Assessment of sanitary and hygienic status of catering establishments of Awassa Town


  • Shiferaw T/Mariam
  • Belay Roma
  • Solomon Sorsa
  • Solomon Worku
  • Lopiso Erosie


Abstract: A cross-sectional survey was conducted to assess the sanitary status and hygienic practices of catering business establishments in Awassa Town, Southern Ethiopia, February to April 1996.  Data were collected using standardized questionnaires, free listings, parasitological and bacteriological laboratory analyses.  A total of 164 catering establishments were identified and investigated.  They had about 1023 workers with daily customer services of about 14,965.  Water was found to be available in most (89.7%) of the establishments and sanitation coverage (defined as the presence of latrine) was 98%.  The overall prevalence of intestinal parasites among food handlers was 63%, with Giardia Lamblia (33.3%), Entamoeba histolytica (21.5%), Ascaris lumbricoid (18.2%) and hookworm species (10.8%).  The water supply and sewerage authority (WSSA) water supply was found to be bacteriologically potable.  Inadequate follow-up of catering establishments, absence of optimum standard procedures and guidelines for business operation, poor regular refurbishment practice, inappropriate liquid and solid waste disposal system, and poor personal hygiene of food handlers were the major findings. Multi-lateral and inter-sectoral collaboration and cooperation is mandatory to design the rapidly growing urbanization and industrialization of the Town by involving municipalities, the local administrative council, the health sector, owners of the establishments and the community to work together and comply with the optimum standards and procedures. Recommendations are forwarded to ensure customer expectations, needs, and demands. [Ethiop. J. Health Dev.  2000;14(1):91-98]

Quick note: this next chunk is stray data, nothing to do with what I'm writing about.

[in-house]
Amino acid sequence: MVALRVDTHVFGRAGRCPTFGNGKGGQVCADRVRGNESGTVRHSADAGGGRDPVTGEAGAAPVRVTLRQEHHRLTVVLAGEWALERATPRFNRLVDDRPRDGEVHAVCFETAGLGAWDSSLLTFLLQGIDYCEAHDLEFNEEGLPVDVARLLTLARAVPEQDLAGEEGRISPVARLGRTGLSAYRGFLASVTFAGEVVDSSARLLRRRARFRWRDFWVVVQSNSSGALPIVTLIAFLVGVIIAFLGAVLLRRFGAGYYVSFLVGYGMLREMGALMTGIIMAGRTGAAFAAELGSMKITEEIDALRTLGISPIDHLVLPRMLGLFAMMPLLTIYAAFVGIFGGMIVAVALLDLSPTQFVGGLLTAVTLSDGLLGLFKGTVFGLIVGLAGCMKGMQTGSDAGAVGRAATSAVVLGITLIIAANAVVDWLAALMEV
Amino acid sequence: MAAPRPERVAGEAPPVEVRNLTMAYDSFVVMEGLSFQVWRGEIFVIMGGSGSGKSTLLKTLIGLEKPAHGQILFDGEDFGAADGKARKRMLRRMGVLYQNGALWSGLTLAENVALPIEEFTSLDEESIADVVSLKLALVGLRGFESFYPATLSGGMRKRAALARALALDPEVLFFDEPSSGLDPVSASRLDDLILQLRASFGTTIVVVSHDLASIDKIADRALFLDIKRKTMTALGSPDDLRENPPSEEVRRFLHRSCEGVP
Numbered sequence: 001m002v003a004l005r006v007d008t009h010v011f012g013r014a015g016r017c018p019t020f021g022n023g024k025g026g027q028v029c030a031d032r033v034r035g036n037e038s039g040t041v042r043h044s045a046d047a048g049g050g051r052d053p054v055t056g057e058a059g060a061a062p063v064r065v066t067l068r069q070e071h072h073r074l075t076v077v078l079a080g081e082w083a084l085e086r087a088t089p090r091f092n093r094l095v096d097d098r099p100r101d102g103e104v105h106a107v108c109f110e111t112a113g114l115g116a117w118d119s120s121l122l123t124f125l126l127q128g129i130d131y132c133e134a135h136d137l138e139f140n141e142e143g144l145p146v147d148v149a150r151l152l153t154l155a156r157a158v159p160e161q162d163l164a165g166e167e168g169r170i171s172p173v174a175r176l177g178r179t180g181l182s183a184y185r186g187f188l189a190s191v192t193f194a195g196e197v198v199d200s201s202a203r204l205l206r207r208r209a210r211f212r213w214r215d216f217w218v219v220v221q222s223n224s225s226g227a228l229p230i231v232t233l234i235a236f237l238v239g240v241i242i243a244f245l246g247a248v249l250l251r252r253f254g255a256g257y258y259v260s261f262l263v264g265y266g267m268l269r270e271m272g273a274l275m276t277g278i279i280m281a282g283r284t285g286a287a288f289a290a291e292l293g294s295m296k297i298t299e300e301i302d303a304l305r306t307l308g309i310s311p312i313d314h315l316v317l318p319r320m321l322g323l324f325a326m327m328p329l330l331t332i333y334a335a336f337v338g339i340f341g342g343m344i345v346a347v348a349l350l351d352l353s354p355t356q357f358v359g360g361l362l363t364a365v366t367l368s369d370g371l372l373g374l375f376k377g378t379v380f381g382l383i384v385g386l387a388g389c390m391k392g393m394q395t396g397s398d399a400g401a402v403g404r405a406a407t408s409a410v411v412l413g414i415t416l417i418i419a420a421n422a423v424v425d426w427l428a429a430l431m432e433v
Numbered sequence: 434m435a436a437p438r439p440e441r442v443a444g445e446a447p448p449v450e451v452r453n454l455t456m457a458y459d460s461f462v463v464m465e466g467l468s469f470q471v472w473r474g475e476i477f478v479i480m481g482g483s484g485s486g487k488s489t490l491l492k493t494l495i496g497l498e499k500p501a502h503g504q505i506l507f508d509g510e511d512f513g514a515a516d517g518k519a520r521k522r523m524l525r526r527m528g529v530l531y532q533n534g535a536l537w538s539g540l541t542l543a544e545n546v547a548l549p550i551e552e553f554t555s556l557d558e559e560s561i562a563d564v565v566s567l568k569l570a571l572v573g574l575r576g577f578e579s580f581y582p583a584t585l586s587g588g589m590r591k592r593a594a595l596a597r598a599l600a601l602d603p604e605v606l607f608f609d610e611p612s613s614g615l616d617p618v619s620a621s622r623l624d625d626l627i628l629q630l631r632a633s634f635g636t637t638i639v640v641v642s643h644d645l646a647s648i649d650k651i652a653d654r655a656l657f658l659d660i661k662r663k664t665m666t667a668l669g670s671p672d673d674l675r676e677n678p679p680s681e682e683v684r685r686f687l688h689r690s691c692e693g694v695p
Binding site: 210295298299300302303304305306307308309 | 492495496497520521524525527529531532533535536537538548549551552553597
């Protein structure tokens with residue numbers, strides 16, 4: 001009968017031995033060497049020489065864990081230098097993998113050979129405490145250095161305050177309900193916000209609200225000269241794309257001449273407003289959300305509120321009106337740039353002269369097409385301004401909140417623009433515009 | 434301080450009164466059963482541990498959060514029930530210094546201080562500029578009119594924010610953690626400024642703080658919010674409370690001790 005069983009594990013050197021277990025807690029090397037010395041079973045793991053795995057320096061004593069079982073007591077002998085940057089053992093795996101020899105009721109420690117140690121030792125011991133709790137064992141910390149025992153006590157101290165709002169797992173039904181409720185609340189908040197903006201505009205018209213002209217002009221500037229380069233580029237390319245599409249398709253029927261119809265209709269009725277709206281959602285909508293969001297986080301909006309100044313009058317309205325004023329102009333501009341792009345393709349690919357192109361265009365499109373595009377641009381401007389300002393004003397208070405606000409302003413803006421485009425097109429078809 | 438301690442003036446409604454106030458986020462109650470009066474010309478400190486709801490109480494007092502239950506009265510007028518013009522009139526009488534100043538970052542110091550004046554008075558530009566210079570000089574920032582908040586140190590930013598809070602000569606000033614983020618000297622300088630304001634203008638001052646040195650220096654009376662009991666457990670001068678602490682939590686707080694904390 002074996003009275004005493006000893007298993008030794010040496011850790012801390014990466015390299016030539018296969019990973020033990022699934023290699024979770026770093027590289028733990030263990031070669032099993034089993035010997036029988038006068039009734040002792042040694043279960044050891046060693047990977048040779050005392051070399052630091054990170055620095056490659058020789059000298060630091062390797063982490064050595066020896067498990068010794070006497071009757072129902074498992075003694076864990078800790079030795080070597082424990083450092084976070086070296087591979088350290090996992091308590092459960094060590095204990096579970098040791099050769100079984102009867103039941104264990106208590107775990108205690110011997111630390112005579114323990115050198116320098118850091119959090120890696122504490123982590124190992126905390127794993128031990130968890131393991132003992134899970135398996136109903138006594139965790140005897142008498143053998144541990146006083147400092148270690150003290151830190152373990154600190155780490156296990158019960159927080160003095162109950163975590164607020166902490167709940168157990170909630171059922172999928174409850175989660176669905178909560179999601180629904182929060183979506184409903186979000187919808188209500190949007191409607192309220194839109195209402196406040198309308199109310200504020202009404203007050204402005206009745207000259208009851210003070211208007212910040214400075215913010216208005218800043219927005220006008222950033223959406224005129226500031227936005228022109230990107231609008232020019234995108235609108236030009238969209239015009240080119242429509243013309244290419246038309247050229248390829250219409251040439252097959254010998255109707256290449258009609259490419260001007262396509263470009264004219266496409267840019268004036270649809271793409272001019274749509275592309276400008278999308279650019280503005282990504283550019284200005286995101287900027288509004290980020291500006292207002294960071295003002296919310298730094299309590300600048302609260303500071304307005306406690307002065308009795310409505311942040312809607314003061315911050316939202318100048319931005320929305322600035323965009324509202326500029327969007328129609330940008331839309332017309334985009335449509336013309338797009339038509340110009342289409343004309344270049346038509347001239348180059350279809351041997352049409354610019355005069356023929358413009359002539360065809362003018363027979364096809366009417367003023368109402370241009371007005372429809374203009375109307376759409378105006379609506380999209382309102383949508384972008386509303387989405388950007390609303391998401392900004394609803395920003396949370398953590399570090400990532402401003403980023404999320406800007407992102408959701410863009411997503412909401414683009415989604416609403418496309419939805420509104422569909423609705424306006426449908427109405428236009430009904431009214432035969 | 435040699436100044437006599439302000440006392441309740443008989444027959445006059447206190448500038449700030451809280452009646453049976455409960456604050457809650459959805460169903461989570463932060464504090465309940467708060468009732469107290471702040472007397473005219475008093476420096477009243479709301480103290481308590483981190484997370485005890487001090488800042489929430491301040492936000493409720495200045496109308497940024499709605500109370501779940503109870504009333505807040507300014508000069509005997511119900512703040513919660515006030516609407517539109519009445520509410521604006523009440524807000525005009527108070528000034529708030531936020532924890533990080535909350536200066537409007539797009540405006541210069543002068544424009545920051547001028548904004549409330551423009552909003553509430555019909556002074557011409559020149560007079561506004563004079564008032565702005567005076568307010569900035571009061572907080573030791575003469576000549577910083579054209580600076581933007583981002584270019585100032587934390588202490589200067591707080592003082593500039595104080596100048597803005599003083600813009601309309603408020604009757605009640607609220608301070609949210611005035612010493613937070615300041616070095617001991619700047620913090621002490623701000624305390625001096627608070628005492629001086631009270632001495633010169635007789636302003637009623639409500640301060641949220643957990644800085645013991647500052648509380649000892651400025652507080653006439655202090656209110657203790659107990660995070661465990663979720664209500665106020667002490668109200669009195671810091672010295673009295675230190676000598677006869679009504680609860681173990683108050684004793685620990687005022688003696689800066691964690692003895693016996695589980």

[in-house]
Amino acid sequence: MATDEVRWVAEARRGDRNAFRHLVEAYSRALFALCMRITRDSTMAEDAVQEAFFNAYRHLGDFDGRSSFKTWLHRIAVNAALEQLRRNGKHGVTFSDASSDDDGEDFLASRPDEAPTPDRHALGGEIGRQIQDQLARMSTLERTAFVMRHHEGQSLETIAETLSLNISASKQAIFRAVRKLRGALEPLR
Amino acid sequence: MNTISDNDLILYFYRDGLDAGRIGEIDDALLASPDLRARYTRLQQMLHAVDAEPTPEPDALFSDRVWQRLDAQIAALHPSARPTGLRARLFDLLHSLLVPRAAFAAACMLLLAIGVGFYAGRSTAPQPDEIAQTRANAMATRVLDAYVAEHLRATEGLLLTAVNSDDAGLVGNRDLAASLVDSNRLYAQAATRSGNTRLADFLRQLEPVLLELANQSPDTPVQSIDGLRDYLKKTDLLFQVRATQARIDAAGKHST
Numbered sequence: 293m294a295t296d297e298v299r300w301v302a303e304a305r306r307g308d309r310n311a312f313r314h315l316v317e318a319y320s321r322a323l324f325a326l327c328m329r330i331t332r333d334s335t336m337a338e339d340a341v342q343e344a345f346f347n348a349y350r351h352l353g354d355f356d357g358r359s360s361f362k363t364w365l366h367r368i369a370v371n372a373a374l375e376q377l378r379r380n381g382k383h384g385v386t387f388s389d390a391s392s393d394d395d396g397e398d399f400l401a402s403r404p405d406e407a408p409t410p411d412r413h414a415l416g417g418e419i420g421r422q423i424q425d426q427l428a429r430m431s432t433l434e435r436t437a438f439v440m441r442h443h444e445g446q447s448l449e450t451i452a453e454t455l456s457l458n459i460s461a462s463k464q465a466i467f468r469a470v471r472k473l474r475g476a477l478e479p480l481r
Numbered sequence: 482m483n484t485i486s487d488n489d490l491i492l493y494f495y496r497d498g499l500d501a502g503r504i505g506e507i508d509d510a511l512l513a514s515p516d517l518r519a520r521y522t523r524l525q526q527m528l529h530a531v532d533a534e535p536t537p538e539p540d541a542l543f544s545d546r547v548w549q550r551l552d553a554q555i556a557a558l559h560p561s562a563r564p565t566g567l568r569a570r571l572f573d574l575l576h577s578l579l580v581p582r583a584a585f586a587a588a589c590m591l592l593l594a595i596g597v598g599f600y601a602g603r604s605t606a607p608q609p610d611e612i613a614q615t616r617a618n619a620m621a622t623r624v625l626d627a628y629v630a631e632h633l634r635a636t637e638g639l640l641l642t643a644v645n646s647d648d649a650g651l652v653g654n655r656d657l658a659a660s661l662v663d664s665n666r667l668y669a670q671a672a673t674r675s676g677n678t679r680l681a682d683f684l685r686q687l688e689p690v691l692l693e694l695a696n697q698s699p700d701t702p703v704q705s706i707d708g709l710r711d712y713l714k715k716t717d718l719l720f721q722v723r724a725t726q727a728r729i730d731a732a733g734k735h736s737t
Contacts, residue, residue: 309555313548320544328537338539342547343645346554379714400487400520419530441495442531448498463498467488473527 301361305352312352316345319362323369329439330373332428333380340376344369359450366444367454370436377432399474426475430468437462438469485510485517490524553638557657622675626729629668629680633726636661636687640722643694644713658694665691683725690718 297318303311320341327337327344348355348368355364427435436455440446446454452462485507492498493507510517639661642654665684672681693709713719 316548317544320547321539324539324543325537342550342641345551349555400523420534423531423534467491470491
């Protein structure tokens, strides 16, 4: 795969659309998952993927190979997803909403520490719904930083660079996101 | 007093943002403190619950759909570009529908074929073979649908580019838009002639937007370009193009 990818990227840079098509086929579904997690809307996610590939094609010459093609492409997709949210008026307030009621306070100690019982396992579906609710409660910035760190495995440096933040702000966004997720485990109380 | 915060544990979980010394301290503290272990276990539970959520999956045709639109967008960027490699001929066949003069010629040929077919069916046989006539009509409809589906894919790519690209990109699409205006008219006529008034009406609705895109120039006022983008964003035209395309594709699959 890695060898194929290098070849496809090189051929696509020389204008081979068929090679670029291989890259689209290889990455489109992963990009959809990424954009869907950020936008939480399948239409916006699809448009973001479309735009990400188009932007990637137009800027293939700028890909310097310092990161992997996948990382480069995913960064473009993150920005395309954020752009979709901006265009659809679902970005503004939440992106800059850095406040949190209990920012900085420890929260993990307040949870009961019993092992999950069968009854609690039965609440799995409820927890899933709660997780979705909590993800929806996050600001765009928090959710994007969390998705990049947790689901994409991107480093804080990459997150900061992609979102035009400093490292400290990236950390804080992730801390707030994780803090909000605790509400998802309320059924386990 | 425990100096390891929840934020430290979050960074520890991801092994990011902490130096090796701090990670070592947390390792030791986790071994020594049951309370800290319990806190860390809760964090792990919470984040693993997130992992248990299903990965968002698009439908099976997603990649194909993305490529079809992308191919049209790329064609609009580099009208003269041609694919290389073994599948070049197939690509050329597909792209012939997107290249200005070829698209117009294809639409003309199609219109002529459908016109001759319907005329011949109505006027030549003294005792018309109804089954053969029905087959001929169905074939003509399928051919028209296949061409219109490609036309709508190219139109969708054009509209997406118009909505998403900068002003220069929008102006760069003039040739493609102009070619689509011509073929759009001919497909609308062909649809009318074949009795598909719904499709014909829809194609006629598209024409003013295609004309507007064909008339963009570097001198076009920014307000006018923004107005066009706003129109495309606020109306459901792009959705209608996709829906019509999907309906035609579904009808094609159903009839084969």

How to Cite

Shiferaw T/Mariam, Belay Roma, Solomon Sorsa, Solomon Worku, & Lopiso Erosie. (2021). Assessment of sanitary and hygienic status of catering establishments of Awassa Town. The Ethiopian Journal of Health Development, 14(1). Retrieved from